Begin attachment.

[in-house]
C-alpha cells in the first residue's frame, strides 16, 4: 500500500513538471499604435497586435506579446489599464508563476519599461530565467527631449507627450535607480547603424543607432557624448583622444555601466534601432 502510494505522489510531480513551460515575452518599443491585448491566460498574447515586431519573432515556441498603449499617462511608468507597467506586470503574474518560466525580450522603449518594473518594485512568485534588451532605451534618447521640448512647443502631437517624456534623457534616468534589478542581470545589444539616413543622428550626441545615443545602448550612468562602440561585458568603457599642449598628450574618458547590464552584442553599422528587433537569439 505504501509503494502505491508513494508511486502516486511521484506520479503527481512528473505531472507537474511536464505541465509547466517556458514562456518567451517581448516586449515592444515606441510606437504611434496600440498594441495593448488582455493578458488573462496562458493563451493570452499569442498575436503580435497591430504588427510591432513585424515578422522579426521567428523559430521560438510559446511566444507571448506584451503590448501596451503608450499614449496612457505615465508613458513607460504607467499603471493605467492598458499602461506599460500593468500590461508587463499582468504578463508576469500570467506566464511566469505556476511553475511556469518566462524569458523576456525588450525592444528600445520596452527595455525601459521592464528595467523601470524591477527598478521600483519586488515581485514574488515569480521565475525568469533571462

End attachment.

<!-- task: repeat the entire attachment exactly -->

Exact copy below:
[in-house]
C-alpha cells in the first residue's frame, strides 16, 4: 500500500513538471499604435497586435506579446489599464508563476519599461530565467527631449507627450535607480547603424543607432557624448583622444555601466534601432 502510494505522489510531480513551460515575452518599443491585448491566460498574447515586431519573432515556441498603449499617462511608468507597467506586470503574474518560466525580450522603449518594473518594485512568485534588451532605451534618447521640448512647443502631437517624456534623457534616468534589478542581470545589444539616413543622428550626441545615443545602448550612468562602440561585458568603457599642449598628450574618458547590464552584442553599422528587433537569439 505504501509503494502505491508513494508511486502516486511521484506520479503527481512528473505531472507537474511536464505541465509547466517556458514562456518567451517581448516586449515592444515606441510606437504611434496600440498594441495593448488582455493578458488573462496562458493563451493570452499569442498575436503580435497591430504588427510591432513585424515578422522579426521567428523559430521560438510559446511566444507571448506584451503590448501596451503608450499614449496612457505615465508613458513607460504607467499603471493605467492598458499602461506599460500593468500590461508587463499582468504578463508576469500570467506566464511566469505556476511553475511556469518566462524569458523576456525588450525592444528600445520596452527595455525601459521592464528595467523601470524591477527598478521600483519586488515581485514574488515569480521565475525568469533571462